DISH Offers Free Antenna Installation, Alternative Viewing Options Available
As DISH works to reach an agreement, the company is offering digital over-the-air antennas at no cost to DISH customers in the affected markets. Customers who use a digital antenna are able to access news, sports and popular network shows from Fox, and have the option to completely drop their local channels from their programming package to save $12 on their monthly bill. DISH will install an antenna for qualifying customers in Fox markets based on the reception available at their home.
"A digital antenna is a great experience and solution for a growing number of customers," continued LeCuyer. "The channels integrate seamlessly into the Hopper interface. Plus, switching to antenna-delivered locals can unlock $144 savings annually. We want to give customers the choice to save money."
Local station availability over the air is dependent on geographic location and topography. Consequently, some customer locations may not qualify for an antenna installation.
Another viewing alternative is offered by Locast, a free nonprofit service that provides local broadcast channels over the internet in select markets. Locast is available on connected DISH Hopper devices. Customers can visit locast.org to learn more.
Need for Retransmission Consent Reform
"Fox is using its mix of local and national channels against viewers, abusing outdated laws to try to force consumers to pay more. This greedy attempt to extort more money from our customers is one of the main reasons we – and our industry – are asking Congress to restore balance in the broadcaster-pay TV equation," said Jeff Blum, DISH senior vice president of Public Policy and Government Affairs. "We are asking lawmakers to reform outdated TV laws to give our customers the best viewing experience at an affordable price – without the threat of broadcaster blackouts."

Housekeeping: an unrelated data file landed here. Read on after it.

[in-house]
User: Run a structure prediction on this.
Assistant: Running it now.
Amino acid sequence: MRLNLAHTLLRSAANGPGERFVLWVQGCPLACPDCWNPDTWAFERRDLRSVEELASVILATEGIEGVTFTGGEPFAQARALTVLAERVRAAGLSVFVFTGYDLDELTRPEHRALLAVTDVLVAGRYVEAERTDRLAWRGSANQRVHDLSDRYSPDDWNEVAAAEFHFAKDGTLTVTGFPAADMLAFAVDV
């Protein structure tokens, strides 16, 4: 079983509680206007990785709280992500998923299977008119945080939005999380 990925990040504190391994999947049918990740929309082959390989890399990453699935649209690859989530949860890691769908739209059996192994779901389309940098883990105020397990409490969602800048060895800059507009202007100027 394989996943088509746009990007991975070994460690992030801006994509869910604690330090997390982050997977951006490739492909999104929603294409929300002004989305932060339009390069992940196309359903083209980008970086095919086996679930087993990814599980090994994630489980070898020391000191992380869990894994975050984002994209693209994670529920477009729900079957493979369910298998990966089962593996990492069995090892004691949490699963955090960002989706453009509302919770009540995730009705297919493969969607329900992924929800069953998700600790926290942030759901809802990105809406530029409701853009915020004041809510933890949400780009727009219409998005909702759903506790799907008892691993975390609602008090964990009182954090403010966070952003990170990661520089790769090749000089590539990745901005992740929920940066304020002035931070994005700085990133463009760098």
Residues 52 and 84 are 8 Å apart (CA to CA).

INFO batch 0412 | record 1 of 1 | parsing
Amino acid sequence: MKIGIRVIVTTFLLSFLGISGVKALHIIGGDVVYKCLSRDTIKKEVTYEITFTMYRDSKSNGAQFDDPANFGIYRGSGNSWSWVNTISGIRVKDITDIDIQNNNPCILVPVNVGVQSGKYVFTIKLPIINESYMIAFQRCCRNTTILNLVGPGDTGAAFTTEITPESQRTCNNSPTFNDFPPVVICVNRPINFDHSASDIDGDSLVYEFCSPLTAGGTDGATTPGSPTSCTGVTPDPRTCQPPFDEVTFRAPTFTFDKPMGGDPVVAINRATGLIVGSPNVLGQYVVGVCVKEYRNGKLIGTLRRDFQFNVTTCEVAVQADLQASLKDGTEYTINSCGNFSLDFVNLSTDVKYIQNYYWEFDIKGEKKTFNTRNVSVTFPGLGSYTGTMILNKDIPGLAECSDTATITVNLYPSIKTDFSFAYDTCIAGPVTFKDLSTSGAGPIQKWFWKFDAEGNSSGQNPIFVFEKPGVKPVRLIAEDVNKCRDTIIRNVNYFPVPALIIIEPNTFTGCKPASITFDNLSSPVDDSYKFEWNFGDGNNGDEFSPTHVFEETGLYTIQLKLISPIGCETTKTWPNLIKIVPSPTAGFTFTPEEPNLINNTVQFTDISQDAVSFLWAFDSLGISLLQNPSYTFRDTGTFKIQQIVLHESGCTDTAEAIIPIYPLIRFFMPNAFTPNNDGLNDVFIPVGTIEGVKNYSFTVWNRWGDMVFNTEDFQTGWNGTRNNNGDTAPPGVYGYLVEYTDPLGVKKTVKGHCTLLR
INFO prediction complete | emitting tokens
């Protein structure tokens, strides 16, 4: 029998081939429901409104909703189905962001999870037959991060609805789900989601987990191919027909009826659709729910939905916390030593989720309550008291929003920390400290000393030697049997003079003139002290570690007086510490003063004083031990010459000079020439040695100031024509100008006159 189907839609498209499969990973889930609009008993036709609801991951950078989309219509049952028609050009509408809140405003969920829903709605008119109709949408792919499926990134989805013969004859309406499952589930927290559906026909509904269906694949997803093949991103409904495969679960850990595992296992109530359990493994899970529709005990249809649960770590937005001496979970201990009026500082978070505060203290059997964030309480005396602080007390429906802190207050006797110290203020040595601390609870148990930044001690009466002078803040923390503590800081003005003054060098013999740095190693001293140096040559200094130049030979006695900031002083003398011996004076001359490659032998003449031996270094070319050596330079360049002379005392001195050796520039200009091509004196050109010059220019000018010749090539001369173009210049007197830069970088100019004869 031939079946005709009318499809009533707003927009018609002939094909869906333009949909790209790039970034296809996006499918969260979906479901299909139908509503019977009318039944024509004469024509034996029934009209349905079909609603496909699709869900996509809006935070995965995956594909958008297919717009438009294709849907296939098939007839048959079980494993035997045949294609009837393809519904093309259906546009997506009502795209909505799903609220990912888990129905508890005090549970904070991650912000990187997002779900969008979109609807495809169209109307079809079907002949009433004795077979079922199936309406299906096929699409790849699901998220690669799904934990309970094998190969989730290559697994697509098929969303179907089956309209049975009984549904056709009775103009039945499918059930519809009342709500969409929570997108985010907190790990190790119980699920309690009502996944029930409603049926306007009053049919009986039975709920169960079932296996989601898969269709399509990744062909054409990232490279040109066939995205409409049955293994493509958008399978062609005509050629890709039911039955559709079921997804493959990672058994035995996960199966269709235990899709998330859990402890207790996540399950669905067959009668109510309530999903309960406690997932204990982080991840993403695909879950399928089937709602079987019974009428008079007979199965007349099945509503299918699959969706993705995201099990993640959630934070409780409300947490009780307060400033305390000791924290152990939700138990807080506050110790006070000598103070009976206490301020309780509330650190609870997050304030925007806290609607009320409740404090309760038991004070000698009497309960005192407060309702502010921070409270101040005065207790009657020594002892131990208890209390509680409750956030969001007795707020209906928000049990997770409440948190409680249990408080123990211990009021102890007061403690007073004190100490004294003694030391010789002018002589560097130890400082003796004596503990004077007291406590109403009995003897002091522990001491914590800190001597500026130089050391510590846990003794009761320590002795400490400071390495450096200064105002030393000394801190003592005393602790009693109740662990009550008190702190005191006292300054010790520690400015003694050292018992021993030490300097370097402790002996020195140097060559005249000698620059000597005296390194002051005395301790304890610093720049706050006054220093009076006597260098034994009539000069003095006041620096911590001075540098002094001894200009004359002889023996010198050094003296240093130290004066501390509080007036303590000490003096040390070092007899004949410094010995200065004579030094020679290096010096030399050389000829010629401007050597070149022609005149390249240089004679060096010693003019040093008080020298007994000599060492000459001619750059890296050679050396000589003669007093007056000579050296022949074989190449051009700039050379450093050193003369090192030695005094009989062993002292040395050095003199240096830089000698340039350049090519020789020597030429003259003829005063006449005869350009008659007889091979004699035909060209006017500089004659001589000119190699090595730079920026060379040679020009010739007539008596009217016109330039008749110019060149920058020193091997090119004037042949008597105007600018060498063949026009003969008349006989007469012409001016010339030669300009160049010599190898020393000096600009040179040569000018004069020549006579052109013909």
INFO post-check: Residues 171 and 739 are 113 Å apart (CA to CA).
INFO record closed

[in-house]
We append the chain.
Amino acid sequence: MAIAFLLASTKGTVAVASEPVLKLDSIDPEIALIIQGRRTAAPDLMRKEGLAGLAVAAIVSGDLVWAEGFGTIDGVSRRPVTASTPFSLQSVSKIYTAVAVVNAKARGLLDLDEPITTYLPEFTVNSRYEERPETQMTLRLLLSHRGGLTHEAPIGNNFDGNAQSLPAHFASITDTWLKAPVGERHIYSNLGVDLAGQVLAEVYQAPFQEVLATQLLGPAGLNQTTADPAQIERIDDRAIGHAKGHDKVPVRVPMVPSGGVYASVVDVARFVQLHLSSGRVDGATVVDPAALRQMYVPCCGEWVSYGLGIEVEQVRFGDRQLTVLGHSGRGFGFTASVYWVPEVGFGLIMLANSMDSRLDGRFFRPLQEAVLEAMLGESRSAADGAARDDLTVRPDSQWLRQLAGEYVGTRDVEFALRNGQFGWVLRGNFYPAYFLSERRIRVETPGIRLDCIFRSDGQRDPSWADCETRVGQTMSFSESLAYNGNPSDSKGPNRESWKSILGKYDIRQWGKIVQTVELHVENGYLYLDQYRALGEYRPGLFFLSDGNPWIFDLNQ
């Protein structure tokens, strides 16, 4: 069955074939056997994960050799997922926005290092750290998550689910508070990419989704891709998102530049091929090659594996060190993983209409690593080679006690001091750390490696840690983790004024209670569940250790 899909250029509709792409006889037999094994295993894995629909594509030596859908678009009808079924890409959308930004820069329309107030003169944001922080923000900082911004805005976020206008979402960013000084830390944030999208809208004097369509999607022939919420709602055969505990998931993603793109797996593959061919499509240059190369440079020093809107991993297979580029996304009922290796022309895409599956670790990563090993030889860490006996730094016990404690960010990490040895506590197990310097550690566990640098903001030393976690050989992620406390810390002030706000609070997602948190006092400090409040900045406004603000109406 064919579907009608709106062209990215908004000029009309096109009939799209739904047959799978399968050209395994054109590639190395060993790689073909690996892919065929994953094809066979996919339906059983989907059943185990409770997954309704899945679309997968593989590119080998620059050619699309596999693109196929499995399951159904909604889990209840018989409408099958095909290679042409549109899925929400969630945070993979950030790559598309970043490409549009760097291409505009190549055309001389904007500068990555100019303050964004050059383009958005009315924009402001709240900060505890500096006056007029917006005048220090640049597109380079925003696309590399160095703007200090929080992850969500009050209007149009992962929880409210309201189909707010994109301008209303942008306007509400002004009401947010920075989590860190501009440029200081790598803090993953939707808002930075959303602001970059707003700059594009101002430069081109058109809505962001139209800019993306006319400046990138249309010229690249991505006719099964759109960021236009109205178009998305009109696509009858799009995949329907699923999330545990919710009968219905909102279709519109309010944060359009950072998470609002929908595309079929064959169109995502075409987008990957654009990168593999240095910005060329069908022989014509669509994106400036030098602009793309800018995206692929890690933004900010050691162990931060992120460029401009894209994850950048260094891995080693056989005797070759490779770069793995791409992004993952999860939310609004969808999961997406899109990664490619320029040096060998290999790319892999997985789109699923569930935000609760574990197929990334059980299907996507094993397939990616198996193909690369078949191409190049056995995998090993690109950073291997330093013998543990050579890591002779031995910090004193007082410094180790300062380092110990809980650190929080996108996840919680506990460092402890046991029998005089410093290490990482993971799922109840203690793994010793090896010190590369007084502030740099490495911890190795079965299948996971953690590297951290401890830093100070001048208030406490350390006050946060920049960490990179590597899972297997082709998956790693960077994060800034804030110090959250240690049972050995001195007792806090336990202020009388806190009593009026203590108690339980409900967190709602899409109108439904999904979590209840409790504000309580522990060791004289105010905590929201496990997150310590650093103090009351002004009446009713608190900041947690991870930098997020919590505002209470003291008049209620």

Along with other pay-TV companies and public interest groups that form the American Television Alliance, DISH has called for the U.S. Congress to revamp the out-of-date laws that favor these high fees and unnecessary blackouts.
Blum continued: "We continue to urge the FCC and Congress to update a system that emboldens broadcasters to black out consumers."
Rising Retransmission Rates
Each year, the cost to carry local broadcast stations rises far beyond the rate of inflation, leading to blackouts across the country that affect millions of subscribers of various pay-TV companies. According to Kagan, a leading source on the media industry, broadcast fees burdening pay-TV consumers are expected to reach an unprecedented $16.3 billion in 2024. These same rates, for channels available free over the air, were as low as $215 million in 2006. With a current annual increase of as much as 40 percent, the cost to deliver local channels is the fastest growing part of consumers' monthly pay-TV bills.